Like many other states, Mississippi and Louisiana have struggled, and continue to struggle with the difficult problem of racial segregation in higher education. Through decades of litigation and negotiation, their higher education systems developed plans to equalize and unite the historically black and historically white institutions. The author's examination of Mississippi and Louisiana's strategies reveals that the states used several different approaches to achieve desegregation, but nevertheless their colleges and universities, like many aspects of society, remain largely racially distinct. The author concludes that many elements essential to effective desegregation were missing from the Mississippi and Louisiana plans. Hopefully, the author offers possible ways that the historically white and historically black colleges that continue to exist can become "just schools."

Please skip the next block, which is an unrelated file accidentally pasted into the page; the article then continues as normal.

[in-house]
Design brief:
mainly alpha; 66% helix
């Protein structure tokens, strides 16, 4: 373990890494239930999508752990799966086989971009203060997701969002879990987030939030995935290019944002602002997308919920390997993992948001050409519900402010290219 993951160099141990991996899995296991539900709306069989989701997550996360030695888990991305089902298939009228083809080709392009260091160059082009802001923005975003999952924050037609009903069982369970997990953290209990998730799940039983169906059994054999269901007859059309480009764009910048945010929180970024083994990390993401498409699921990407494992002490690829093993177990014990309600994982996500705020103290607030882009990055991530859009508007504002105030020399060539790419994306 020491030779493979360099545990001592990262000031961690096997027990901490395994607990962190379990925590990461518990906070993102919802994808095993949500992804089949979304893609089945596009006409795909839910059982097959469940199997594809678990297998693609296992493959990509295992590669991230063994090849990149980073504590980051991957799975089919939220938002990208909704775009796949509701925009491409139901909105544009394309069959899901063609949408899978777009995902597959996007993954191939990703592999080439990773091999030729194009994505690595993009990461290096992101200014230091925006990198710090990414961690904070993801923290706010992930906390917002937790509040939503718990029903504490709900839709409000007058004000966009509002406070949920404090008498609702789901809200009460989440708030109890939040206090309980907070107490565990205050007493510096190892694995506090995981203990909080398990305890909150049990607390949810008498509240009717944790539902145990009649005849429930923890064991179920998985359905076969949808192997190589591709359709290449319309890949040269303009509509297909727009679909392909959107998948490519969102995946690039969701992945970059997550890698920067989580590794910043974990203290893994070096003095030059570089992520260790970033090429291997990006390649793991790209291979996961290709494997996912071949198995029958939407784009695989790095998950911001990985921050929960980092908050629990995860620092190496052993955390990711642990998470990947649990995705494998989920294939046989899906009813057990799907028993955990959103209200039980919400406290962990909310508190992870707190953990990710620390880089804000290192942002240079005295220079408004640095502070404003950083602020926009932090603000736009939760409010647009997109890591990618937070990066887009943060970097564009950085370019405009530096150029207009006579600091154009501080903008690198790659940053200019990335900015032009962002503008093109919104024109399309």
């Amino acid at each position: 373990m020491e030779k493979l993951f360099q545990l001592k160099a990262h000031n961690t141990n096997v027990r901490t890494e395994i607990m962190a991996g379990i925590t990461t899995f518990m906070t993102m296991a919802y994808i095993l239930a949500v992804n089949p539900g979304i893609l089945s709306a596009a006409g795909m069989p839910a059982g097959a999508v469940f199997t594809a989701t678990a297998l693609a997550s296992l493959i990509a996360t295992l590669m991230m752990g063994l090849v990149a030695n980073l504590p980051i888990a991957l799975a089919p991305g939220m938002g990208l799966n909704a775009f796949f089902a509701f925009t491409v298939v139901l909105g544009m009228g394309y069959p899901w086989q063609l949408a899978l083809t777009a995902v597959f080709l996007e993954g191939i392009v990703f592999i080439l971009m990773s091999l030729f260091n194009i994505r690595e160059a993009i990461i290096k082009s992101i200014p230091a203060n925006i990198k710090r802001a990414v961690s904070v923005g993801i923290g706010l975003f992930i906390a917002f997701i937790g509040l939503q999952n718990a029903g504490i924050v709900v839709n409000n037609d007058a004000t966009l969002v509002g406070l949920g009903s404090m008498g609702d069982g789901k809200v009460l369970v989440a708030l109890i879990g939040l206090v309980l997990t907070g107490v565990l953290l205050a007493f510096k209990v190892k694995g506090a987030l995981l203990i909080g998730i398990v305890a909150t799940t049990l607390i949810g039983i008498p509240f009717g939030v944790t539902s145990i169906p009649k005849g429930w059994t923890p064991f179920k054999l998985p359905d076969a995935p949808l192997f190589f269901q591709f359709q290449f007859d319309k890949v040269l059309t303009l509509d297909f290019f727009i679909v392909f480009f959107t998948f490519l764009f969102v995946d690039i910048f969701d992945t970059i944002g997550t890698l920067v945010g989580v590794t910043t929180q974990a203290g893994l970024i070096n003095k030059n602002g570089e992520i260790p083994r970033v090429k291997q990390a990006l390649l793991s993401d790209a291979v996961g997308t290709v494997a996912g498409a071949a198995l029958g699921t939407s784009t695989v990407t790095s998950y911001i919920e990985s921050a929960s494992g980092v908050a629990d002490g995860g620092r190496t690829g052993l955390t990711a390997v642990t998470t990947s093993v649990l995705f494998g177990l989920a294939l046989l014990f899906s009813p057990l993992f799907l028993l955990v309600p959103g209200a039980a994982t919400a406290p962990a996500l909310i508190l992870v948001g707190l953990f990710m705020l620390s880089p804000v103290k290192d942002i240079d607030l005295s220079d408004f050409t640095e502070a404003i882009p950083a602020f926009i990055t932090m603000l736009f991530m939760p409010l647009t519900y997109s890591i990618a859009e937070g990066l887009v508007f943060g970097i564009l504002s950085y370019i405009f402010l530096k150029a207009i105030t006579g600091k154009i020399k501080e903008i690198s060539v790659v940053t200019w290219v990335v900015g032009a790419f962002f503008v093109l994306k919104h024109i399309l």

Alfreda A. Sellers Diamond,
Black, White, Brown, Green, and Fordice: The Flavor of Higher Education in Louisiana and Mississippi,
5 Hastings Race & Poverty L.J. 57
Available at: https://repository.uchastings.edu/hastings_race_poverty_law_journal/vol5/iss1/2